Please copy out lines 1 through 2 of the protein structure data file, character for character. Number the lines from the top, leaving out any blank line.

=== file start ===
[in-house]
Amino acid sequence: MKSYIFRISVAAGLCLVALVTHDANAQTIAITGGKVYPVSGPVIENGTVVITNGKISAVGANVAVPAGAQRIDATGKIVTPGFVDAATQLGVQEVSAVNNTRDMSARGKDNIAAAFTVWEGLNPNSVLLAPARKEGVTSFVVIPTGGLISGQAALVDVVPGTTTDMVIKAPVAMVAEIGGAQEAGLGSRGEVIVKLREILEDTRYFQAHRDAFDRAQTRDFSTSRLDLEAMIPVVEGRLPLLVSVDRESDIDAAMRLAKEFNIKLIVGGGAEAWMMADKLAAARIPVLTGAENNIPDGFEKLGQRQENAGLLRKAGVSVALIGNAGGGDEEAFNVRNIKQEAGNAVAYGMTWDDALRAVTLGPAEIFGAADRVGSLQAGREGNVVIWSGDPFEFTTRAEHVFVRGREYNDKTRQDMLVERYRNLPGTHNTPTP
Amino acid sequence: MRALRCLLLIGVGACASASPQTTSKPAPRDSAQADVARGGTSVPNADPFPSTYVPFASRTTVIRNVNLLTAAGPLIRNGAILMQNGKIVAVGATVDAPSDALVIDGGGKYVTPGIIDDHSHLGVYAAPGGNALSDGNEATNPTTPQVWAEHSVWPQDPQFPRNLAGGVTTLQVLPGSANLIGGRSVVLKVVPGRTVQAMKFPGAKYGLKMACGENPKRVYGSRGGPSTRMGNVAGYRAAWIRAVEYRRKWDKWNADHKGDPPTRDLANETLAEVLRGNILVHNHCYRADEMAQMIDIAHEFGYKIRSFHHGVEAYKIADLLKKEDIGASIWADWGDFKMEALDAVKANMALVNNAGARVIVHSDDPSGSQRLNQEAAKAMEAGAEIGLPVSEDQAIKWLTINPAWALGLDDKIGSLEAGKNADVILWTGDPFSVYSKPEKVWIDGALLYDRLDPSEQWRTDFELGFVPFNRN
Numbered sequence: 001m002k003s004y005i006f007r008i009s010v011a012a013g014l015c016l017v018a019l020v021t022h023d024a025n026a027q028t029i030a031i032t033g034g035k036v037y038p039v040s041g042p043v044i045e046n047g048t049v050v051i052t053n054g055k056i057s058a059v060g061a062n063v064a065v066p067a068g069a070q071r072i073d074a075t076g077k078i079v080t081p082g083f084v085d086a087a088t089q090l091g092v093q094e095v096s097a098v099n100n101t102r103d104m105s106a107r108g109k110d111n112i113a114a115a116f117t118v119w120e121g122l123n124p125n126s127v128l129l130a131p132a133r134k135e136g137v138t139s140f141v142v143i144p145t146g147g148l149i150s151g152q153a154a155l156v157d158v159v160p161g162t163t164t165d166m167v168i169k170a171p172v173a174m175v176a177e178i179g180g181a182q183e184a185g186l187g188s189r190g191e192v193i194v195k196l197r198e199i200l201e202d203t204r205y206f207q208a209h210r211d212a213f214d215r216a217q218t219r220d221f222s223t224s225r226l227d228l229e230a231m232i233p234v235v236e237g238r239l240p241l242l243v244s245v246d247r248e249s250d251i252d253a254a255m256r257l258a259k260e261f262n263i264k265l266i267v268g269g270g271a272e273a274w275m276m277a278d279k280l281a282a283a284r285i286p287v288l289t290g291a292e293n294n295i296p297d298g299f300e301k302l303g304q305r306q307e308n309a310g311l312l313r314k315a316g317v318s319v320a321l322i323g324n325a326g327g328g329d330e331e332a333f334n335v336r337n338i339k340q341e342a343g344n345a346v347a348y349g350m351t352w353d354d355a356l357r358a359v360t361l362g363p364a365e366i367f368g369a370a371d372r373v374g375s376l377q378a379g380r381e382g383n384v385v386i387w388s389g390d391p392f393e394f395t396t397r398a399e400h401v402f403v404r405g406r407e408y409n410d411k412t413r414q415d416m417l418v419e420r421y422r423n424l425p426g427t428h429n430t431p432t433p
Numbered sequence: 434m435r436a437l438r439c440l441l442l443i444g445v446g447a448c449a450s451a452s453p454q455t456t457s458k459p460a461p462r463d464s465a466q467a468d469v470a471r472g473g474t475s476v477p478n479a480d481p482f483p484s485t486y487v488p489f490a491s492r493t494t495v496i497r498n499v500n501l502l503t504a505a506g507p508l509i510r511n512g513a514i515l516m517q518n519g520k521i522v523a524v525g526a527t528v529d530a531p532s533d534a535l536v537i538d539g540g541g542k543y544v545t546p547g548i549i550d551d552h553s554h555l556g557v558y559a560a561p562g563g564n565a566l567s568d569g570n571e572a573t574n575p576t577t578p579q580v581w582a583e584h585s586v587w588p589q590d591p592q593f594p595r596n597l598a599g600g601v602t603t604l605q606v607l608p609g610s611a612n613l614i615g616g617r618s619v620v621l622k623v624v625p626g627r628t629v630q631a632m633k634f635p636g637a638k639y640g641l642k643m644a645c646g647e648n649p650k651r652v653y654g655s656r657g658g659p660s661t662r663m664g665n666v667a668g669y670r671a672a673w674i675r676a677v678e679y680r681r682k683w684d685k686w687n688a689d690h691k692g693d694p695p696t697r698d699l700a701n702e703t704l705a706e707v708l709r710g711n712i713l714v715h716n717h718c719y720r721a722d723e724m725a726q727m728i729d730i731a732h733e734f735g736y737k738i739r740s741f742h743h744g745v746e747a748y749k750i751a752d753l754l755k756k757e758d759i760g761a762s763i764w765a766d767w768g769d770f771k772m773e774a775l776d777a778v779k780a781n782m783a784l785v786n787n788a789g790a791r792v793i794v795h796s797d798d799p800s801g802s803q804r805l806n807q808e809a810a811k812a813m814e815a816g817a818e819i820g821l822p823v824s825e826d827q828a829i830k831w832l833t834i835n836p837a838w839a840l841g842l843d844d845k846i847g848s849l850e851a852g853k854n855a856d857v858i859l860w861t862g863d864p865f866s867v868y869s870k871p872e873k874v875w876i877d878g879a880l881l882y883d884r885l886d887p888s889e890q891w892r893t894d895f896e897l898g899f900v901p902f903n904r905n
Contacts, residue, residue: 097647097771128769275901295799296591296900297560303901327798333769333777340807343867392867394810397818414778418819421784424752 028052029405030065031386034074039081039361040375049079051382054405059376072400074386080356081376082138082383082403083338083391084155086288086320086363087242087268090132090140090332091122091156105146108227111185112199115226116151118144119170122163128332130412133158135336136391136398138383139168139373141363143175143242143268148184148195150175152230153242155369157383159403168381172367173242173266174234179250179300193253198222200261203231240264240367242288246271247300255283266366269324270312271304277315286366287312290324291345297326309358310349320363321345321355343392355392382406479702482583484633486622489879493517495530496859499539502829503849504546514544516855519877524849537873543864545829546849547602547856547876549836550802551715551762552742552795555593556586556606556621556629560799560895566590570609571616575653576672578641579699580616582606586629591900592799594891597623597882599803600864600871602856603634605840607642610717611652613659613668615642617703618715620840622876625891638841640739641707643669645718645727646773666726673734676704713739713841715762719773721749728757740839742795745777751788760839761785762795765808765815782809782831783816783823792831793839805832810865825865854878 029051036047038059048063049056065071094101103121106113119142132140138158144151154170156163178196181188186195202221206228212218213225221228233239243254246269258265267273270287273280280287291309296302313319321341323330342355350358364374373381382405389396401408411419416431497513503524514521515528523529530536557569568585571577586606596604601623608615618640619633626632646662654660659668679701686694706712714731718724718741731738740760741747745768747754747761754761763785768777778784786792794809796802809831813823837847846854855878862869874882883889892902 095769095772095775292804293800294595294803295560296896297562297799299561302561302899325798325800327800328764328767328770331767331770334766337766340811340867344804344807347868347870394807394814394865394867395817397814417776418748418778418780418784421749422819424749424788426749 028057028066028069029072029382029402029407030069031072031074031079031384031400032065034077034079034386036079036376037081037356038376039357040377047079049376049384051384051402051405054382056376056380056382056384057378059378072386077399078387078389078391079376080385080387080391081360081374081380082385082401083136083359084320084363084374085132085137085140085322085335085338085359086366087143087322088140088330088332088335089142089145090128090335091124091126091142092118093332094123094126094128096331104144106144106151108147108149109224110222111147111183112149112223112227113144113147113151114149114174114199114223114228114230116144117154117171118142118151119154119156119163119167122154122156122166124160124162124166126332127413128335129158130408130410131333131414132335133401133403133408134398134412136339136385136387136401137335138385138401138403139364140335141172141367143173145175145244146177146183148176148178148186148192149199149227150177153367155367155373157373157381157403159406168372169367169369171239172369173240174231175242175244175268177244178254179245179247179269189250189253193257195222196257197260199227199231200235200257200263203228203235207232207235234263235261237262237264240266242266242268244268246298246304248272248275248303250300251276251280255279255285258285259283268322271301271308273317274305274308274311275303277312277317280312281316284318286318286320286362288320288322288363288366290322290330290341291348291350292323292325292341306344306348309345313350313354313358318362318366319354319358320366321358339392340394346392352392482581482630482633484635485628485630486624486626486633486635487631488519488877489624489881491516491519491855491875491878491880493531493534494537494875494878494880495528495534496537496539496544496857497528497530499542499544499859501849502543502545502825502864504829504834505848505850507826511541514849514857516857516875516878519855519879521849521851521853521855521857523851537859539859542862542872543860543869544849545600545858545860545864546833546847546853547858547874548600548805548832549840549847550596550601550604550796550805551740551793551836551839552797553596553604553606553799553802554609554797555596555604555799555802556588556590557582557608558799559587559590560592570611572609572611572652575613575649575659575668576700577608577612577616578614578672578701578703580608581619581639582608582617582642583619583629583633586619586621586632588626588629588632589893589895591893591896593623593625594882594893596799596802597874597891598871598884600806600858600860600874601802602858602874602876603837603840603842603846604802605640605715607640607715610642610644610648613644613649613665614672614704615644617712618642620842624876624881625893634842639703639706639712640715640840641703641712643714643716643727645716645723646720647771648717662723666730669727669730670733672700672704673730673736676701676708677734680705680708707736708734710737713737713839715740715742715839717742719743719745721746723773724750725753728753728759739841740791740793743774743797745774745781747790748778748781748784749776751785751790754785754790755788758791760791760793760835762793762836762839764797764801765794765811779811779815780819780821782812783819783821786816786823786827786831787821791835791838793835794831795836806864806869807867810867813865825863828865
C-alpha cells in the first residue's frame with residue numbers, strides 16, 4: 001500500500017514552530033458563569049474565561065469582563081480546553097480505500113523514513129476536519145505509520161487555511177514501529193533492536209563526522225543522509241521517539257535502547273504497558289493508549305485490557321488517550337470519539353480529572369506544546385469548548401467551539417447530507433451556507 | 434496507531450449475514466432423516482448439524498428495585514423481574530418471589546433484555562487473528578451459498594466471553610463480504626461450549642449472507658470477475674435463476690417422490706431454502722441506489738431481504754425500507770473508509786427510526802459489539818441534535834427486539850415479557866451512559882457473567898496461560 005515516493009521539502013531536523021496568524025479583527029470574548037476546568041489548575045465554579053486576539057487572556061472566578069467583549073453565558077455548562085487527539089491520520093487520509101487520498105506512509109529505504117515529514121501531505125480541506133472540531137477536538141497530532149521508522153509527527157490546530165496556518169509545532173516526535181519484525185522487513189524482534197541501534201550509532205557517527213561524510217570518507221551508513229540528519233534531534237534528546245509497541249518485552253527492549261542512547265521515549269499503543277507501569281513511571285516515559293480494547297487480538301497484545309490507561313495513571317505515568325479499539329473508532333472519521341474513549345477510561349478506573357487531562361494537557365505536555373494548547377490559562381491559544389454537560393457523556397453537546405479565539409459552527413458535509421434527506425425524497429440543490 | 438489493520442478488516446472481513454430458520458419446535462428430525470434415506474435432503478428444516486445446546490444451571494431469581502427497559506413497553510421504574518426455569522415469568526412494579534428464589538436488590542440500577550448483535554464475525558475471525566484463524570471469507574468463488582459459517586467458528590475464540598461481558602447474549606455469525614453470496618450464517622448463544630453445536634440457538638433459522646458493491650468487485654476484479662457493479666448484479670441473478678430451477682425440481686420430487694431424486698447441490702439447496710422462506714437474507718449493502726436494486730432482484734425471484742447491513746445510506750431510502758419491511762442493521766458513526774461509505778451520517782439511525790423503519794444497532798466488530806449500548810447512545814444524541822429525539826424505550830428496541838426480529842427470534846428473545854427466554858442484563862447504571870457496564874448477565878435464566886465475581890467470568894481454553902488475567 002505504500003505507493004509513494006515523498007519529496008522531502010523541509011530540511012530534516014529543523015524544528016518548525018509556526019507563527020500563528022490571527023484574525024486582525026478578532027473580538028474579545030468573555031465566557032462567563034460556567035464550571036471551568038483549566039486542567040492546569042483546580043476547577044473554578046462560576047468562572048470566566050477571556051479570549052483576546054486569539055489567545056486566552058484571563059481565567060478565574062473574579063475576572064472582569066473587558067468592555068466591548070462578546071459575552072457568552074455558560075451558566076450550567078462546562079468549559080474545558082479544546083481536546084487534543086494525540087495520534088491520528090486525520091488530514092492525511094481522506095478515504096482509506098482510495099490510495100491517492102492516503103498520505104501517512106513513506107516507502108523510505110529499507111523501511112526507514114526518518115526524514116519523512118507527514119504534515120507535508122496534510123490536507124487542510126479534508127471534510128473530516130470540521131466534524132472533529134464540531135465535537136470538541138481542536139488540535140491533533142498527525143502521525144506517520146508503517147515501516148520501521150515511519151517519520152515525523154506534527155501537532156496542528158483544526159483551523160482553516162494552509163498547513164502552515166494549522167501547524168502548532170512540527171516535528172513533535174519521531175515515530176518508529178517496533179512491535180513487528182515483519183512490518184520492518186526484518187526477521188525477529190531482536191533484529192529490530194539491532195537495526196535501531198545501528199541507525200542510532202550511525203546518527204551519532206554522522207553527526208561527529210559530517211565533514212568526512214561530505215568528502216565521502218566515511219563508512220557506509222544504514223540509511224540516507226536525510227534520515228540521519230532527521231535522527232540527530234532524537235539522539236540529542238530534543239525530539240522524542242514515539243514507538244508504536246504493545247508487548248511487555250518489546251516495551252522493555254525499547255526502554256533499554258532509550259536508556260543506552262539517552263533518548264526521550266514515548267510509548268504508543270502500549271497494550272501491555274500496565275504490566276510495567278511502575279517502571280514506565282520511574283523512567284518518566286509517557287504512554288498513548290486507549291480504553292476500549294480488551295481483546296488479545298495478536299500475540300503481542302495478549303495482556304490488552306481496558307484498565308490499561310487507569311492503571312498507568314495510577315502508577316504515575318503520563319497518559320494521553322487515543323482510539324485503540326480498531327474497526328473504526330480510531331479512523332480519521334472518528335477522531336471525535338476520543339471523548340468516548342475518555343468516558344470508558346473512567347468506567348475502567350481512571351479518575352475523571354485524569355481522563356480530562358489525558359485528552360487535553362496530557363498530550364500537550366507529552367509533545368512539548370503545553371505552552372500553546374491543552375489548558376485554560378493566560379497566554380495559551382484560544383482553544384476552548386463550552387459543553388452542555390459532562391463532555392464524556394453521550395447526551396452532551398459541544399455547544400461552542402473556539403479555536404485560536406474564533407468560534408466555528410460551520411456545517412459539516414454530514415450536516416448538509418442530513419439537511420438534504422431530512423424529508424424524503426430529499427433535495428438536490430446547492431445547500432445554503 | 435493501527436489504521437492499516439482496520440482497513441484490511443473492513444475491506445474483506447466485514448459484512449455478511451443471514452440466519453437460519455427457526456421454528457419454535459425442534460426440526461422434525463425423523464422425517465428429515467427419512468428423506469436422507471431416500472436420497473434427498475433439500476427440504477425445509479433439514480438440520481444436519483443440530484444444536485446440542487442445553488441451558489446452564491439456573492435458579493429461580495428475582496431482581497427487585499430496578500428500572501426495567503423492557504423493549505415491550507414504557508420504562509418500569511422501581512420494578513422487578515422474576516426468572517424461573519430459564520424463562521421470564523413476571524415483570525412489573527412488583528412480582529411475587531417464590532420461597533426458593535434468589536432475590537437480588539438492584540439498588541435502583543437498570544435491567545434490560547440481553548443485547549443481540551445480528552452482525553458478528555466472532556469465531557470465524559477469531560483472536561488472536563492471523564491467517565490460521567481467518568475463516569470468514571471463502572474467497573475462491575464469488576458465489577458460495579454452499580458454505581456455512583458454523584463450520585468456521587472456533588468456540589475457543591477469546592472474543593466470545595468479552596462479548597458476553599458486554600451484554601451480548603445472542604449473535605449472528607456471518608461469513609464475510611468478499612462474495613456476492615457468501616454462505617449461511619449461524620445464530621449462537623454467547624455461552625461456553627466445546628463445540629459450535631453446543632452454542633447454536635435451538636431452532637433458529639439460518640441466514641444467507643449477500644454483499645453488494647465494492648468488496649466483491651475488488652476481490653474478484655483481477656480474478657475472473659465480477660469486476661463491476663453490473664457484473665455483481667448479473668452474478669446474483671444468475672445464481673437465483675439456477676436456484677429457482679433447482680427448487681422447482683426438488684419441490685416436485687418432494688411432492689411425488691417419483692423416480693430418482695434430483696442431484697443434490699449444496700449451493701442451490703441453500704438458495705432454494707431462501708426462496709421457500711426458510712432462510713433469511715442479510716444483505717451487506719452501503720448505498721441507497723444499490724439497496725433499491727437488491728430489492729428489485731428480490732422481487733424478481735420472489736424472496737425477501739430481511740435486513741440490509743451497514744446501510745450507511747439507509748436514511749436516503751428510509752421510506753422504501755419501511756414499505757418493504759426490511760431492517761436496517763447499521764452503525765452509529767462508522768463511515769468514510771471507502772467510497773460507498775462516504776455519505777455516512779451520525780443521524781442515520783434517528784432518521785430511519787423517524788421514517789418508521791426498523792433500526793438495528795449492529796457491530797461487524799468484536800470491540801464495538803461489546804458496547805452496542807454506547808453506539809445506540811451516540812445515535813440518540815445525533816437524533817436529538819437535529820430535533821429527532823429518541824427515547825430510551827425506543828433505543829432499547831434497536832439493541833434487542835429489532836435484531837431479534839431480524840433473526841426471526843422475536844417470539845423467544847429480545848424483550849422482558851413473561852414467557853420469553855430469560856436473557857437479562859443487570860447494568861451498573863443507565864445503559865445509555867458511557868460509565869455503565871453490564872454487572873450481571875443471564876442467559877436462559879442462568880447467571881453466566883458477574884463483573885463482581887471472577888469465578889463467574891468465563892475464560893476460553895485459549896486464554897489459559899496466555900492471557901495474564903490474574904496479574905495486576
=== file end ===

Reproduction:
[in-house]
Amino acid sequence: MKSYIFRISVAAGLCLVALVTHDANAQTIAITGGKVYPVSGPVIENGTVVITNGKISAVGANVAVPAGAQRIDATGKIVTPGFVDAATQLGVQEVSAVNNTRDMSARGKDNIAAAFTVWEGLNPNSVLLAPARKEGVTSFVVIPTGGLISGQAALVDVVPGTTTDMVIKAPVAMVAEIGGAQEAGLGSRGEVIVKLREILEDTRYFQAHRDAFDRAQTRDFSTSRLDLEAMIPVVEGRLPLLVSVDRESDIDAAMRLAKEFNIKLIVGGGAEAWMMADKLAAARIPVLTGAENNIPDGFEKLGQRQENAGLLRKAGVSVALIGNAGGGDEEAFNVRNIKQEAGNAVAYGMTWDDALRAVTLGPAEIFGAADRVGSLQAGREGNVVIWSGDPFEFTTRAEHVFVRGREYNDKTRQDMLVERYRNLPGTHNTPTP